Less predictions, more insights, please.
Taken from pexels
Though it’s my job to develop algorithms nowadays, I still hold a healthy prejudice against deep learning and much of machine learning. Despite all its powerful predictions, I have not seen it generate much direct insights valuable to society. What is the point of a having learning algorithms, if we cannot learn from them ourselves?
Alright, I admit it, sometimes we learn from them through observation. For example, human Chess and Go players are getting better by looking at what the algorithms are doing. And there are surely many more things to be learned. But wouldn’t it be so much more efficient, if the algorithms would immediately tell us why?
The problem with black boxes
As professor Pentland describes in a recent Edge conversation, the problem is that these algorithms do not use all the physics and causal knowledge we currently have. There are just dumb neurons piecing together infinitely many small approximations. It doesn’t generalise, and therefore it can still easily make mistakes.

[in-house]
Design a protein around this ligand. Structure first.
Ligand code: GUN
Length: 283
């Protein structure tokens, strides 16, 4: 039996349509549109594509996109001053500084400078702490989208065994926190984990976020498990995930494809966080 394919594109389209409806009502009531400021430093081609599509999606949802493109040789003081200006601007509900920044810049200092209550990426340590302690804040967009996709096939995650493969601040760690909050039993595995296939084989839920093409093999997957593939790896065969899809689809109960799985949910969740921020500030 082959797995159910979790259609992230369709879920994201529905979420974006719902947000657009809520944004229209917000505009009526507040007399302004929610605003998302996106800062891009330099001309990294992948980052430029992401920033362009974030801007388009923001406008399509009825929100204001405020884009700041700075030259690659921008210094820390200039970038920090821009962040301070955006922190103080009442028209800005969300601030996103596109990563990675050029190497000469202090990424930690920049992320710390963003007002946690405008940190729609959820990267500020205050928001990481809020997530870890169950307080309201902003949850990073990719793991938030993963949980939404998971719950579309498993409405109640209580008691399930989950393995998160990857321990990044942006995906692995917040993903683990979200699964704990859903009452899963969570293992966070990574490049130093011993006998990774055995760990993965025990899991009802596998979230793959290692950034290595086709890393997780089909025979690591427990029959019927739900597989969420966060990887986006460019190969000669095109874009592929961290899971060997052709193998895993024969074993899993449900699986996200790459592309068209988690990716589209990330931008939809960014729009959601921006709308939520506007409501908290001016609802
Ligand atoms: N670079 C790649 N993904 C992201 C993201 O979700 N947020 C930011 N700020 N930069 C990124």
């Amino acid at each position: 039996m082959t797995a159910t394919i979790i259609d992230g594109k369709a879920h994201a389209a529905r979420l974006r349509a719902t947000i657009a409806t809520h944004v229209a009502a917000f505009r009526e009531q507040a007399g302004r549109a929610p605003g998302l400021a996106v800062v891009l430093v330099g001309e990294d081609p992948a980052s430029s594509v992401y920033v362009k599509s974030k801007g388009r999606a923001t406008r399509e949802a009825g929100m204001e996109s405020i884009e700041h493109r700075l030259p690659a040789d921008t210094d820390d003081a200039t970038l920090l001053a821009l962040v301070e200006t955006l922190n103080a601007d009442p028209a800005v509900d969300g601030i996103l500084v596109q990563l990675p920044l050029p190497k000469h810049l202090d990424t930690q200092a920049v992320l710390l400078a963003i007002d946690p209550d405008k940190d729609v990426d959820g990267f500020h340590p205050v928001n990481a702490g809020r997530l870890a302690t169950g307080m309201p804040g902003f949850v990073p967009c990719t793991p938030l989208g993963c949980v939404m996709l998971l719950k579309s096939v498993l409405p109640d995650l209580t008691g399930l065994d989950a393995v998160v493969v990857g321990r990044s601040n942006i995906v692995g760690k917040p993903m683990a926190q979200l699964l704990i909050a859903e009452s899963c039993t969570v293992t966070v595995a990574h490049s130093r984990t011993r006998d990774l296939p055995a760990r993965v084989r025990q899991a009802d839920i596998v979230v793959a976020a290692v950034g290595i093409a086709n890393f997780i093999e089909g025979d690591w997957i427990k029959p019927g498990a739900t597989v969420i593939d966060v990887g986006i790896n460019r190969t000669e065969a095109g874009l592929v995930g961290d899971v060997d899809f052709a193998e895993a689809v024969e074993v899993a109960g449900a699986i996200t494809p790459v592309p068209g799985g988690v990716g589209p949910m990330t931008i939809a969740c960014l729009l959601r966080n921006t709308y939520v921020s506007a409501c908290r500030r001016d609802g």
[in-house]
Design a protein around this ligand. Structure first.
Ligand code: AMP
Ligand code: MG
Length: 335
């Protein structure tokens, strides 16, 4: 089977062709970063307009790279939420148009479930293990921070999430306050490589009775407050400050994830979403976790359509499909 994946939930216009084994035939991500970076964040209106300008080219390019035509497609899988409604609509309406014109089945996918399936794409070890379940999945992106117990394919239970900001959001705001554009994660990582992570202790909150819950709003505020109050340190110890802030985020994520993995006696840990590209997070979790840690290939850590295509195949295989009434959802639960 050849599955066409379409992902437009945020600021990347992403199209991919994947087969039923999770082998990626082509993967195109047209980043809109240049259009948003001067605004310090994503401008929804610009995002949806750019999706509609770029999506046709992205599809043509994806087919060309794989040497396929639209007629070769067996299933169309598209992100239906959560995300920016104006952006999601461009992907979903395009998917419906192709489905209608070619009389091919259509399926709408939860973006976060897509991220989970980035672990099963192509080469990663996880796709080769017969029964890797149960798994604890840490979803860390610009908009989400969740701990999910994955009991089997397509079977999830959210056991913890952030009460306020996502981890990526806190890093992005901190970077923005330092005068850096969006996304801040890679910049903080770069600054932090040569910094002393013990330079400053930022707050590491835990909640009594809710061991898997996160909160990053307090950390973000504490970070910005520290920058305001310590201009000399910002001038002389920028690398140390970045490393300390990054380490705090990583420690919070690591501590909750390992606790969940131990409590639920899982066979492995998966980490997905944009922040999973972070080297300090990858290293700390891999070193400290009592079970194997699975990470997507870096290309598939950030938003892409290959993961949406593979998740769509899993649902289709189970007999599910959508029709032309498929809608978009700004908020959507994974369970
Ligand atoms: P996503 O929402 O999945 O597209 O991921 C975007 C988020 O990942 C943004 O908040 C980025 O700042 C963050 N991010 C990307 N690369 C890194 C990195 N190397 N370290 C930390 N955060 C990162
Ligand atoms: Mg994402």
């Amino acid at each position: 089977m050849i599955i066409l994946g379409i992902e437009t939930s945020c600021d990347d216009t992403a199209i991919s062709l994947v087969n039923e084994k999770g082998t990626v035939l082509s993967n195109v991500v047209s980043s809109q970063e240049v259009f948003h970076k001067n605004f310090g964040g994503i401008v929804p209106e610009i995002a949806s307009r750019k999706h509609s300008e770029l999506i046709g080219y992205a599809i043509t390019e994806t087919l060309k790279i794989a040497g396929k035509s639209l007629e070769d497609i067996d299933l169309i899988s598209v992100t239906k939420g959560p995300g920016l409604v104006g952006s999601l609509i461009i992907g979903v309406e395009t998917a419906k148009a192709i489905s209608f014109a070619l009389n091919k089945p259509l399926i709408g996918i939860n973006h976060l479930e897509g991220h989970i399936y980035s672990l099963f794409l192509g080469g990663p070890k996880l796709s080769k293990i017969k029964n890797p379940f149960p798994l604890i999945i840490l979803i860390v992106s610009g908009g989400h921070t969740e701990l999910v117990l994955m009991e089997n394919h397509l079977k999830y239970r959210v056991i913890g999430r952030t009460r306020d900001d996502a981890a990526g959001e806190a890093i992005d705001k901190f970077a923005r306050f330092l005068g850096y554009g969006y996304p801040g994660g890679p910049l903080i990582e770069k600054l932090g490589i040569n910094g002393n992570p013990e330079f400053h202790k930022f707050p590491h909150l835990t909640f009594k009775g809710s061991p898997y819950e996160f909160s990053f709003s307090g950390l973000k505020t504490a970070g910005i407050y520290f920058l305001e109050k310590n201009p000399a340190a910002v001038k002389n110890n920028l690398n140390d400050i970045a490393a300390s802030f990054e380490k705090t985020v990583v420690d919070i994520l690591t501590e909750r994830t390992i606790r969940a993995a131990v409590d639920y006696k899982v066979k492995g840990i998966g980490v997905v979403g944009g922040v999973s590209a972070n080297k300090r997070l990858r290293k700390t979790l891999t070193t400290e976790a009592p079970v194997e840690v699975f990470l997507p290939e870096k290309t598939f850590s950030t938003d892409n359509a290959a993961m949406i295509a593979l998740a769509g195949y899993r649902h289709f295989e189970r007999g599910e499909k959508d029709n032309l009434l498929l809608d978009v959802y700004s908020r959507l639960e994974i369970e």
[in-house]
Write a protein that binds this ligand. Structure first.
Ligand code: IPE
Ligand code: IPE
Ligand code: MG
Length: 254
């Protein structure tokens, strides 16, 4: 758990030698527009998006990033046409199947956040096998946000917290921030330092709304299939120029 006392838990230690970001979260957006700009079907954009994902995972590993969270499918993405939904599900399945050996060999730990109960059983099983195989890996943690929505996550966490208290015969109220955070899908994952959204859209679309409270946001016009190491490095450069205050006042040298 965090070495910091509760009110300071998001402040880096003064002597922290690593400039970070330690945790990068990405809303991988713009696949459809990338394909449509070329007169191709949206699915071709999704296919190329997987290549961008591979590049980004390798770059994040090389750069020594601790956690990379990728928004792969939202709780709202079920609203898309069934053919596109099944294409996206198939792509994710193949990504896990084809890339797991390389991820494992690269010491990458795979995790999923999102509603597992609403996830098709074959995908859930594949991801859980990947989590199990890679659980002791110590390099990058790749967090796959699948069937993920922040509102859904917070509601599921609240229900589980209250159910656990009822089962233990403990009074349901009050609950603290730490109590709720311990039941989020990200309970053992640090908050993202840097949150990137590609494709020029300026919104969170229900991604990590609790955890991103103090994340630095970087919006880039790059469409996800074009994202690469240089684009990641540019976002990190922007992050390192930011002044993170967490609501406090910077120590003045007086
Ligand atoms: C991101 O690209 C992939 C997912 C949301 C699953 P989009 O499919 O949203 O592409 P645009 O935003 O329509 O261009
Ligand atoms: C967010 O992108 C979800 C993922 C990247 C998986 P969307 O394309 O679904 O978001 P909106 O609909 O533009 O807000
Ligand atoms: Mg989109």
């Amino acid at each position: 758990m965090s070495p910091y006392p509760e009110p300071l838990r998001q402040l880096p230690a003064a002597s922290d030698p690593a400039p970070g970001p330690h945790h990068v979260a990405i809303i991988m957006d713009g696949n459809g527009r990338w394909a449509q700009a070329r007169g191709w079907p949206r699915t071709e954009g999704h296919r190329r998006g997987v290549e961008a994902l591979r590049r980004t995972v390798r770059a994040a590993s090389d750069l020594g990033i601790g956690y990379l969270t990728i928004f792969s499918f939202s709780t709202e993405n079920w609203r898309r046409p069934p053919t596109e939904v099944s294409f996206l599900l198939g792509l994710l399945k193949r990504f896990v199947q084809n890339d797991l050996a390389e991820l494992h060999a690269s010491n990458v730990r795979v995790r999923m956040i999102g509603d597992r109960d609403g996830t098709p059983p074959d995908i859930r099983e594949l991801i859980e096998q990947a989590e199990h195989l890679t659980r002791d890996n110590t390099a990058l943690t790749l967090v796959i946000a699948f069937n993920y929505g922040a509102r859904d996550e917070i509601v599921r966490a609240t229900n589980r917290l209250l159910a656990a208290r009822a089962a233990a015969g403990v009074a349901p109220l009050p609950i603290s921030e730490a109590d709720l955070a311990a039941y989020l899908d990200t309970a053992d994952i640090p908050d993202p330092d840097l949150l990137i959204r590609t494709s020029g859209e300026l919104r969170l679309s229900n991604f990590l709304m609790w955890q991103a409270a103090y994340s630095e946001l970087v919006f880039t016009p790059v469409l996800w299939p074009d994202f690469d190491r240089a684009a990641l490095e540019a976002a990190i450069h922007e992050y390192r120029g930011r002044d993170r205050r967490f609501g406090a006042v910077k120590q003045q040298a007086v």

When new data comes in that the algorithm cannot make sense of, it doesn’t realize this and just goes bonkers.
On top of that, it doesn’t know about all the possible biases in the training data.
And when it makes mistakes, we cannot explain why to our customers and managers. And certainly not to judges and juries, should you find yourself in court for an algorithmic decision gone wrong.
Professor pentland describes using more physical functions in our AI. Using known causal structures. To make insight generators, instead of just making predictions. This kind of approach appeals more to me than the current brute force algorithms.
Why we opt for white boxes
At my work, we have endless discussions about algorithms, between mathematicians, domain specialists (physicists) and business managers. In the end, we want to build smart machines that operate at the very edge of what is physically possible.